There’s a reason that policy is (largely) the province of academics and scholars and researchers. Policy is hard work. The people who produce policy are those lucky enough to work in the sorts of institutions that pay them for the time required to wrestle ideas from between texts.
These ideas matter.
Democracy also matters. If democratic society is to work properly, its citizens have to make informed decisions.
We could insist on “generational reparenting,” on a paternalism that insists on forcing the interested public to start behaving more like scholars if they want to join the policy game.
Or we could use the internet to do the work of creating links for people.
Maybe most of the general public really is content to scan a list of “The 20 Most Expensive Paintings in History,” to borrow one of Popova’s more dismissive examples. But perhaps we as communicators can link that listicle to a short video that reduces Thomas Piketty's 800-page Capital in the Twenty-First Century to a three-minute animation.
Maybe we’ll even try to make it comprehensible to someone playing it at 2x speed.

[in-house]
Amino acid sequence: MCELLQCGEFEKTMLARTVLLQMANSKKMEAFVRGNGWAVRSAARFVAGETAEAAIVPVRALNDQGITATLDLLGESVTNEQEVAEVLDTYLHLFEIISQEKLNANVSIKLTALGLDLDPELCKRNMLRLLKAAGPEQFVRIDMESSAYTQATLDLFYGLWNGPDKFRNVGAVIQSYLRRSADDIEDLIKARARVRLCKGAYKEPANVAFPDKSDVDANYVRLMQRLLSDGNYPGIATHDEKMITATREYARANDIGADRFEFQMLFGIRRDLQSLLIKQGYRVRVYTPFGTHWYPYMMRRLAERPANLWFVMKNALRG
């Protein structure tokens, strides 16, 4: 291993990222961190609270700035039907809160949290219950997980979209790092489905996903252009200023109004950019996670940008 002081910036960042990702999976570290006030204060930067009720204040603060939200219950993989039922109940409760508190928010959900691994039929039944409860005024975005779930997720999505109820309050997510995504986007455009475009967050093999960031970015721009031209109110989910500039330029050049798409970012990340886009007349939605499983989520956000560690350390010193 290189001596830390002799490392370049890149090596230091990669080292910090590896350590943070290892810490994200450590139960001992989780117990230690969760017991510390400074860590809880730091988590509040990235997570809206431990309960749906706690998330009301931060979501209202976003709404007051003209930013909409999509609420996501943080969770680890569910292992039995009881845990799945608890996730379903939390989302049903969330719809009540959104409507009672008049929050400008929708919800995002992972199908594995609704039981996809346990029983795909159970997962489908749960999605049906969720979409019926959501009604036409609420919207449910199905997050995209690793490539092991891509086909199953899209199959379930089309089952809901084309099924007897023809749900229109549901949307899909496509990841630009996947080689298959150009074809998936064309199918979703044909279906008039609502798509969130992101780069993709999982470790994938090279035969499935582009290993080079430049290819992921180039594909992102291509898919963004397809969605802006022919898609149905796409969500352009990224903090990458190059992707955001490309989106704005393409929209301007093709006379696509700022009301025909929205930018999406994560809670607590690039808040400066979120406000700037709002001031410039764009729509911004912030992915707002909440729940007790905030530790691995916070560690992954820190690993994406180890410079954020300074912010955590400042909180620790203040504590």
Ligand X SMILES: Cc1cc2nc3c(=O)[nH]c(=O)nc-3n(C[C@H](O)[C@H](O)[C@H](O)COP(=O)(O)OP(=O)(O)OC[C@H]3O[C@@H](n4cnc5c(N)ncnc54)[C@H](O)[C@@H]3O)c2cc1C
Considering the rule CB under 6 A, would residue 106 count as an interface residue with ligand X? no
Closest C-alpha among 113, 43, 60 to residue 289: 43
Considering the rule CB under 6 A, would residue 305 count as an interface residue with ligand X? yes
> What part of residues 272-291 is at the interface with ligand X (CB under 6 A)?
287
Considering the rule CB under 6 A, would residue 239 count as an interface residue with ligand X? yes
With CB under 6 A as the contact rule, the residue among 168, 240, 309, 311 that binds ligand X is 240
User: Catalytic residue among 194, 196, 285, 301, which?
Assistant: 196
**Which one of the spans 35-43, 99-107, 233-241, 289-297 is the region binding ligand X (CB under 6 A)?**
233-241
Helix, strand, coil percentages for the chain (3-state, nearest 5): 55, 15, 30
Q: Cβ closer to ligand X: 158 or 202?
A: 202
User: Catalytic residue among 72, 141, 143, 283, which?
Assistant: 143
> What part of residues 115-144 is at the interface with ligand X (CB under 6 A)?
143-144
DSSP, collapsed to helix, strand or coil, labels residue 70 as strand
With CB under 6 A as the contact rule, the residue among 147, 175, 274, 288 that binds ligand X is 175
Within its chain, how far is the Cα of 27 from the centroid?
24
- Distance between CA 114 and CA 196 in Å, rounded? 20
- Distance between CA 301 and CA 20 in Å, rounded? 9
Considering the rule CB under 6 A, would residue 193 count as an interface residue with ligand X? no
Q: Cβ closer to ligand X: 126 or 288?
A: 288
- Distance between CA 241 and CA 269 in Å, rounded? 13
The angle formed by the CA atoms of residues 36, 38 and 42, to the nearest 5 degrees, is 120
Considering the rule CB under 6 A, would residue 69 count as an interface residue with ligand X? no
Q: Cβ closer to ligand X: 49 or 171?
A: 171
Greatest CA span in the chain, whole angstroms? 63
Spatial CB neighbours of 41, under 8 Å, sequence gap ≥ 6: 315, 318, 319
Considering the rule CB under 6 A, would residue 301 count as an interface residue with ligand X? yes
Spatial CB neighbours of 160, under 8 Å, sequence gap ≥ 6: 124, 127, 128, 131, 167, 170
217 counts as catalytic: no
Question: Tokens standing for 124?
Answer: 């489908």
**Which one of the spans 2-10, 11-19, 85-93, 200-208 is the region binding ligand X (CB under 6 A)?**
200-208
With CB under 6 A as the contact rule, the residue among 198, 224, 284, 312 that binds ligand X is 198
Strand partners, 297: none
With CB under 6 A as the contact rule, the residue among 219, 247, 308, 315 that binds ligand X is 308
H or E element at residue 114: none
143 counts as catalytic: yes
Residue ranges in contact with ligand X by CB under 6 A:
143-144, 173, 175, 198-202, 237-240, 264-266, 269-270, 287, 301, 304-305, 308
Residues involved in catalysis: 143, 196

The world doesn’t improve because more people take pictures of themselves reading Piketty in especially picturesque libraries. It doesn’t get better if those same people put his doorstop of a book onto a shelf and refuse to part with it.
The world gets better when people act on ideas that matter.
Even if they saw those ideas in a tweet.
There is value in the feed. It's an important part of a content everywhere approach to transmedia storytelling. Sometimes the tweet version of a research report is all someone really needs.
There’s much to be said for this model. For one, policy is complicated. You need a lot of words to prove yours is the right option. For another, we’ve often promised our funders some sort of big deliverable at the end of the project, and we want to be able to tell our funders that they got their money’s worth.